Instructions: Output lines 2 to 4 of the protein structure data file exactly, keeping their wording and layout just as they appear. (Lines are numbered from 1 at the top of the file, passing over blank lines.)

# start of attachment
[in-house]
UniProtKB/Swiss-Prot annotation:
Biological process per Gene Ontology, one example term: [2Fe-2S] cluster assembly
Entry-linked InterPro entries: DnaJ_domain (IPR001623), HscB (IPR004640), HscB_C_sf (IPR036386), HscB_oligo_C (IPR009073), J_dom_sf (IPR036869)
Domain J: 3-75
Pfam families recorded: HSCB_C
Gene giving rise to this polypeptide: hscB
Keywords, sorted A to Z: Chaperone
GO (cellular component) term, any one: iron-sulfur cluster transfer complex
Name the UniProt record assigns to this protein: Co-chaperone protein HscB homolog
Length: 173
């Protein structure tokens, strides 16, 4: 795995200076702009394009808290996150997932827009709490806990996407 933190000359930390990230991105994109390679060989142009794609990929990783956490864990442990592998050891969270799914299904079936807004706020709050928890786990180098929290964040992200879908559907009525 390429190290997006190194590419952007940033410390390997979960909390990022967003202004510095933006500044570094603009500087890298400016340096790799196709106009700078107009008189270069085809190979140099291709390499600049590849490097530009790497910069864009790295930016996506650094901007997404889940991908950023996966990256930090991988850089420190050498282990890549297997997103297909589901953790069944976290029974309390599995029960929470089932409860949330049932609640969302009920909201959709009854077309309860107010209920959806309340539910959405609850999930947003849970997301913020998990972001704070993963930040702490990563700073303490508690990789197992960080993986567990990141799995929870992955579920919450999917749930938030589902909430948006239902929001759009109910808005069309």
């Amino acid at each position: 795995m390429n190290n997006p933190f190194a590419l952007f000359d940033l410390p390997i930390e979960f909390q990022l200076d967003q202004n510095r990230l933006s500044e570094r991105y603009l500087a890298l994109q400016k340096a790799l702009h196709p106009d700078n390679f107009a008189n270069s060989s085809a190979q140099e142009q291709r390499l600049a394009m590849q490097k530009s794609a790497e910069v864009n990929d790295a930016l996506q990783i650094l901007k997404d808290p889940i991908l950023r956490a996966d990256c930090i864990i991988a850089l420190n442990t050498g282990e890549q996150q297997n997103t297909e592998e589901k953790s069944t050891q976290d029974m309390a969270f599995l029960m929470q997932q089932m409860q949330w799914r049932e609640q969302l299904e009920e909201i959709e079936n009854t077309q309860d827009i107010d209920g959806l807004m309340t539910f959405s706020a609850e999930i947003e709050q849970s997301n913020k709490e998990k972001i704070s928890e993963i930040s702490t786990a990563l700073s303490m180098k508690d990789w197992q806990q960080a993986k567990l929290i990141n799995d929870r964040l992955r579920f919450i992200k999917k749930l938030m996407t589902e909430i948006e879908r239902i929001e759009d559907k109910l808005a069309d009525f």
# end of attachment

UniProtKB/Swiss-Prot annotation:
Biological process per Gene Ontology, one example term: [2Fe-2S] cluster assembly
Entry-linked InterPro entries: DnaJ_domain (IPR001623), HscB (IPR004640), HscB_C_sf (IPR036386), HscB_oligo_C (IPR009073), J_dom_sf (IPR036869)